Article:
In FIG. 19, which is similar in many respects to the embodiment disclosed in FIG. 11a, the trough 23 has structure 156 depending horizontally from the same side of the trough to which the hanger 121 is attached, so that when the trough is set down upon a trough engaging member 175, the member 156 will engage the trough and the latter will be rotated about the pipe 11. This section causes the pipe to roll therefrom because of the force of gravity. Flexible member 76 can be a chain or a wire rope.

FIG. 20 sets forth a modification of FIG. 17, wherein there is illustrated a hinge 63 centrally located relative to the trough, with the trough having an edge portion which releasibly engages latch member 74. The latch member is journaled at 73 to hanger 21, while trip member 165 is abuttingly received by a marginal intermediate portion of the latch member.

In the embodiment of FIG. 21, the trough means includes a support member 23 which is provided with hole means 77. The trough support member 23 is journaled at edge portion 78 to the pipe engaging trough member 80 by means of a hinge 79. Member 80 forms part of and is pivoted to the trough means by the before mentioned hinge, so that the last mentioned member, when engaged by stationary member 275, is rotated into the illustrated dot-dash position indicated by numeral 81. The action of the moving pipe is illustrated by numerals 11' and 11".

Looking now to the details of FIG. 22, which illustrates another embodiment of the endless cable drum, there is seen the beforementioned pulley 14 about which cable lengths 19 and 20 are rove. Spaced journals 82 rotatably support a shaft which is driven by spaced reversible hydraulic motors 83 and 84. A brake, achematically illustrated by numerals 85 and 86, engage cable drums 87 and 89, with the drums optionally being interconnected by any interlocking means such as clutch 88. As illustrated in the drawings, the cable lengths 19, and 20, are rove several turns about the spaced drums and preferably have the depending free ends thereof attached to the respective drums. The apparatus of FIG. 22 can be used to advantage in providing means by which the pilot cable or the endless cable can be moved longitudinally of itself.

In operation of the embodiments of FIGS. 1-4, an endless cable is rove between two pulleys 14 and 15, with one of the pulleys being connected to a prime mover and functioning as a cable drum so that portions 19 and 20 of the cable length can be moved longitudinally along its length in a resulting manner wherein the cable 19 travels in an opposite direction relative to the cable 20. The term "endless cable" is intended to mean a cable having the ends thereof attached to one or more cable drums in any suitable and convenient manner, and with the intermediate portion of the cable being turned 180 and supported by one or more pulleys so that a limited length of at least one portion 19 of the cable can be disposed in overhanging relationship with respect to a first and second location 12 and 11. The free ends of the cable can be attached to each other or to the drum, as desired.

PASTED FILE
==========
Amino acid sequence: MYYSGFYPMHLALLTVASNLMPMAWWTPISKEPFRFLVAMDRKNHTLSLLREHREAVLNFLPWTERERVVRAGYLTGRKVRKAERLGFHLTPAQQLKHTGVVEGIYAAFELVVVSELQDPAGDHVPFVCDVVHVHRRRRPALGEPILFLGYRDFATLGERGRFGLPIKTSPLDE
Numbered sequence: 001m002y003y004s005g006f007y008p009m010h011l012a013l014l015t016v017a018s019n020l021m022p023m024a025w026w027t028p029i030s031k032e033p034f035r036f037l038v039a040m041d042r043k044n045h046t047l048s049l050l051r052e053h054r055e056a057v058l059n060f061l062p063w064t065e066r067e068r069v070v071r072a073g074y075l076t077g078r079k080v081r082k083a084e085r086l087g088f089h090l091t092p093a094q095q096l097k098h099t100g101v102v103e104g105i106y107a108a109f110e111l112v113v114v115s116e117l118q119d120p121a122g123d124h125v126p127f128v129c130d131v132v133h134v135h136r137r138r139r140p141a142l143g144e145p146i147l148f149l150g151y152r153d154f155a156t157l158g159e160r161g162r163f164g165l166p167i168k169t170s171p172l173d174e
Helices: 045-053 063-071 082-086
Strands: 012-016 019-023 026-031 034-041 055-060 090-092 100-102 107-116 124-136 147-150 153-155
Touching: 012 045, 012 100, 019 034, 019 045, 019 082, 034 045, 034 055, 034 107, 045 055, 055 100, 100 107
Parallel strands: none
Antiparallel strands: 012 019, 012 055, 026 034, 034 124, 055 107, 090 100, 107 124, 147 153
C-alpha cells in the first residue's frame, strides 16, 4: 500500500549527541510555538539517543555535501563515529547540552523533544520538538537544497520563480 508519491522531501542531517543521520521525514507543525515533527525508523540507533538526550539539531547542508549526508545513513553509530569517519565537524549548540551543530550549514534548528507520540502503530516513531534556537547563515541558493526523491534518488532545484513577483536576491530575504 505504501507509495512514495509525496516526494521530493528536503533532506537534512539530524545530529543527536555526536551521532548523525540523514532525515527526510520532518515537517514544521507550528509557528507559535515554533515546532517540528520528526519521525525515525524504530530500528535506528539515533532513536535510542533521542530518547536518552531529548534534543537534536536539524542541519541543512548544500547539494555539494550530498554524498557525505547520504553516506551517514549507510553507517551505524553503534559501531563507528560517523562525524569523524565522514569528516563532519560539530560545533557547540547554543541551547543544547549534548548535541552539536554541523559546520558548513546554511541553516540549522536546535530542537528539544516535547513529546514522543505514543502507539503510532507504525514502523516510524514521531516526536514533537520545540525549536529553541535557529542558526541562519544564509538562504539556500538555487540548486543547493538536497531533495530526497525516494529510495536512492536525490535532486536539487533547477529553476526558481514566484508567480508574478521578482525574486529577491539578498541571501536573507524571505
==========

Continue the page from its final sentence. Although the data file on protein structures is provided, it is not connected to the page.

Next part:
The cable engaging members 17 and 18 are each firmly anchored to the cable 19. Accordingly, by imparting rotational motion into the drum 15, each of the cable engaging members will move with the cable carrying the trough therewith.

Hydraulic cylinder 16 moves drum 15 into the alternate position 15' to thereby enable the cable 19 to be lowered into the dot-dashed position 19'. This action places the trough in close proximity to a pipe rack 12'. Hence, those skilled in the art will now appreciate that cable 19 can be slackened so as to enable a pipe joint to be placed within the pipe receiving trough, whereupon the cable is then tightened, the drum energized, and the pipe transported towards pulley 14.

The apparatus of FIG. 1 has the advantage of rapid vertical movement of the carriage for a limited motion of the hydraulic cylinder. The apparatus of FIGS. 2 and 3 have the advantage of there being two cables disposed in side by side relationship and supporting the pipe receiving trough. This last expedient adds stability into the system inasmuch as two spaced apart members are supporting the pipe engaging members, and additionally has the advantage of two cables being made available for supporting the tubular goods.

In coming out of the hole, the pipe is vertically lifted by the elevators until the lower end thereof can be pushed over the roller 50 and the pin end placed within the uppermost end of the trough. The pipe is caused to continue to slide into the trough until it assumes the position seen in the illustration of FIG. 11a. The endless cable is then moved until the pipe is transported into an overhanging position relative to the pipe rack, whereupon the hydraulic cylinder 30 is actuated so as to vertically lower the trough until the pipe is received upon the pipe rack.

The trough, now being free of the pipe, is vertically raised and then returned to the derrick floor by first increasing the tension in the cable so as to return the cable to an elevated position and thereafter moving the endless cable along its longitudinal length. It is sometime convenient to have a means by which the trough can be held in close proximity of the roller 50 until a pipe is placed therewithin. Accordingly, the latch means 58 of FIG. 9 of the above mentioned patent can be employed to maintain the uppermost end of the trough in proximity of the derrick floor, if desired.